High-tech Help for All Learners 

The benefits of modern technology reach far and wide, and this includes educational benefits for students both in and out of the classroom. From tech tools to apps, assistive technology can help students with learning disabilities — and students with all learning styles — learn more effectively.  

Beth Becher, a teacher at Westfield Washington Schools who deals with assistive technology, offers some suggestions for apps and websites that can help every type of learner. 

Tools for Hearing Assistance 

Tools for hearing text read aloud include: 

Snap&Read: Students can use Snap&Read to listen out loud to text on a website or digital handout.   

Bookshare.org: This is a tool with access to over 10,000 digital books, which students can listen to online. 

Overdrive: Students with access to a library card can listen to audiobooks on Overdrive, using the Hoopla or Libby Apps.  

Tools for Writing Assistance 

For help with completing written assignments, there are several options:  

Co:Writer: This is a word prediction and speech to text tool.  

Kami: This tool allows students to annotate (type or draw) on top of worksheets.  

Snap Type: For tablet users, this app will allow you to take a picture of a worksheet, and draw or type on top of it. 

Google Docs: Google’s word processing tool has a built-in voice typing feature.  

Tools for Math and Science 

Khan Academy and AskRose are websites that students can visit for math assistance. EquatIO is a tool that allows you to speak, type or write equations and formulas. It is helpful for students who may have difficulty writing with pencil and paper.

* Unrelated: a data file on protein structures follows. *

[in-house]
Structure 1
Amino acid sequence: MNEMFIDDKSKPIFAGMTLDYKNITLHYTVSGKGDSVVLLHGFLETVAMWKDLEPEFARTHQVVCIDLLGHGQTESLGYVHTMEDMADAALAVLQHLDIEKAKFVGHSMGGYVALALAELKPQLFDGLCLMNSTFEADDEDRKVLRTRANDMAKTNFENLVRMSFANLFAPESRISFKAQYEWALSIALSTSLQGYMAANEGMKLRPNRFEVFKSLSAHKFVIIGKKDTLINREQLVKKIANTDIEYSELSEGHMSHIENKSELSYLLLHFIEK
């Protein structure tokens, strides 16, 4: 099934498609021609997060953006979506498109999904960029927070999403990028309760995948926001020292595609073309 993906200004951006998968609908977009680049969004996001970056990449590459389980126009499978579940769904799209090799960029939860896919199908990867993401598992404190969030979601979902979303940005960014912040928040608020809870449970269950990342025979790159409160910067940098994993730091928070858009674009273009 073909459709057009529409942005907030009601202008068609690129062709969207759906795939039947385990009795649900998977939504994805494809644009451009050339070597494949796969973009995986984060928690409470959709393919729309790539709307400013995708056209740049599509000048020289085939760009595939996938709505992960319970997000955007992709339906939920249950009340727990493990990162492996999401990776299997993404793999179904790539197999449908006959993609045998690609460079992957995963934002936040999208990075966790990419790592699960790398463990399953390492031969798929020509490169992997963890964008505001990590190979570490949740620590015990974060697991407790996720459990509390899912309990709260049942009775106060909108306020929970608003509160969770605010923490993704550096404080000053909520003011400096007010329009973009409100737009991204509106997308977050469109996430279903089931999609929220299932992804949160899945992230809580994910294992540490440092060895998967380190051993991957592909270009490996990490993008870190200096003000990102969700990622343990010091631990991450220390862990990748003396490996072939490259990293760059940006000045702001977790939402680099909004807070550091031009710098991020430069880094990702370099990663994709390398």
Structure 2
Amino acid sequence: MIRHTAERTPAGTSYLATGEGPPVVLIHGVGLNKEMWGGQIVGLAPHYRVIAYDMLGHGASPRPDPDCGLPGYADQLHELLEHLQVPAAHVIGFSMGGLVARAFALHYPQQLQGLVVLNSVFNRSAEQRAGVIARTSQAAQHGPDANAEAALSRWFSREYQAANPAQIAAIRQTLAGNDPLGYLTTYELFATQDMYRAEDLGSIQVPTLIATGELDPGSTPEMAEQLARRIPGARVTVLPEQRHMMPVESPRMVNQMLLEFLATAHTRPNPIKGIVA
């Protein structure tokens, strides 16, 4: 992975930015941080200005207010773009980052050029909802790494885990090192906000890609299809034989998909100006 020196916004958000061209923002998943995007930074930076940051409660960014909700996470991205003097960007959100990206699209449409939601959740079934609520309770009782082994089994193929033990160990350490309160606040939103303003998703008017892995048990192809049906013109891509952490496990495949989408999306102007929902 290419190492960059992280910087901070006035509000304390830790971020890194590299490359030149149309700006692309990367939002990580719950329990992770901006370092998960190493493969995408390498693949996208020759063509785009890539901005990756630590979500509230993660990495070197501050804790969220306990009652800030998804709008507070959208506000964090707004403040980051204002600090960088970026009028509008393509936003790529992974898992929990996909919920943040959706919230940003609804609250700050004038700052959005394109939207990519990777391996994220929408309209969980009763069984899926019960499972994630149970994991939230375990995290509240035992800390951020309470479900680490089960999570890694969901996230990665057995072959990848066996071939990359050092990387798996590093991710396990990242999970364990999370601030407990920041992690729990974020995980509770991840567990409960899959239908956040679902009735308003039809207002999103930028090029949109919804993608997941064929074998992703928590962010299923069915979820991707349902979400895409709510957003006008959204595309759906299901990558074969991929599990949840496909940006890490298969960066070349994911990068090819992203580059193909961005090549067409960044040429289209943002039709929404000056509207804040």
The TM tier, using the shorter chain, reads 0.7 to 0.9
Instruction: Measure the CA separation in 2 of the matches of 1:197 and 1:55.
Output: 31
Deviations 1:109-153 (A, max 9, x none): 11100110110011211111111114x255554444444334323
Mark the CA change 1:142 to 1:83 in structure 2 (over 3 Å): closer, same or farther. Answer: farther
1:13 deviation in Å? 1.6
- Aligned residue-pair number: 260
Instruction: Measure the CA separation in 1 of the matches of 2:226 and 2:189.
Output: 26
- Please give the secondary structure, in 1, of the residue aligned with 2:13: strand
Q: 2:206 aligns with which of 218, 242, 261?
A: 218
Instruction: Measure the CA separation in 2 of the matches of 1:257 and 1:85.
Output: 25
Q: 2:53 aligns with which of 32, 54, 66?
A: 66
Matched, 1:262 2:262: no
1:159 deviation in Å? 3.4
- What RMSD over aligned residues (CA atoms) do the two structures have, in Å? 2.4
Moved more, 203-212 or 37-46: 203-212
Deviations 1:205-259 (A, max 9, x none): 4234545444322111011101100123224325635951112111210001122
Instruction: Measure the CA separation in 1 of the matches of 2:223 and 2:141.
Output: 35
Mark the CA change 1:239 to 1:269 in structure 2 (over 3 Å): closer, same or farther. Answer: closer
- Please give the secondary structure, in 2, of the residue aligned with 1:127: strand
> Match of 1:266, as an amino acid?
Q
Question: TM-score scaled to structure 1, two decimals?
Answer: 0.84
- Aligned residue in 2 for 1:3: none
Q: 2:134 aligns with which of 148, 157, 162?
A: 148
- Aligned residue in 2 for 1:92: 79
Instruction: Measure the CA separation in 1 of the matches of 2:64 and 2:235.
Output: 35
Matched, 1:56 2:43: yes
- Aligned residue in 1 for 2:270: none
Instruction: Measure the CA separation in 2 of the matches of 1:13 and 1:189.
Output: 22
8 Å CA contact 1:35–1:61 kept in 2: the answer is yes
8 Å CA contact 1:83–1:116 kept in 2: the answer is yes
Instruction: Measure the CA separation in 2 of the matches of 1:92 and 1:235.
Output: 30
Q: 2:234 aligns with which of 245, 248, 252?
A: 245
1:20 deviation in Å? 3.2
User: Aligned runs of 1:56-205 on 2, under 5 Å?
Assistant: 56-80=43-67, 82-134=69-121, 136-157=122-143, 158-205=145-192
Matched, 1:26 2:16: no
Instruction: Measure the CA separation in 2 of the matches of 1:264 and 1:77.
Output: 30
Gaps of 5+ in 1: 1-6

Help for All Learners 

Becher says that these tools are options for all learners, from students with different learning styles to students who want to take ownership of their learning.  

“These tools not only provide access to grade-level content, but they allow students to learn independently and gain confidence, which is especially crucial for our students with learning disabilities,” Becher says. “In the past, students with learning disabilities have had to have an adult read to them or scribe for them, but now they can do this on their own and stay in the classroom like their peers.” 

Just like every person is different, we all learn differently. There are many apps, programs and websites to help children with disabilities thrive both in and out of the classroom. Be sure to check with your school for more resources that may be a good fit for your child.  

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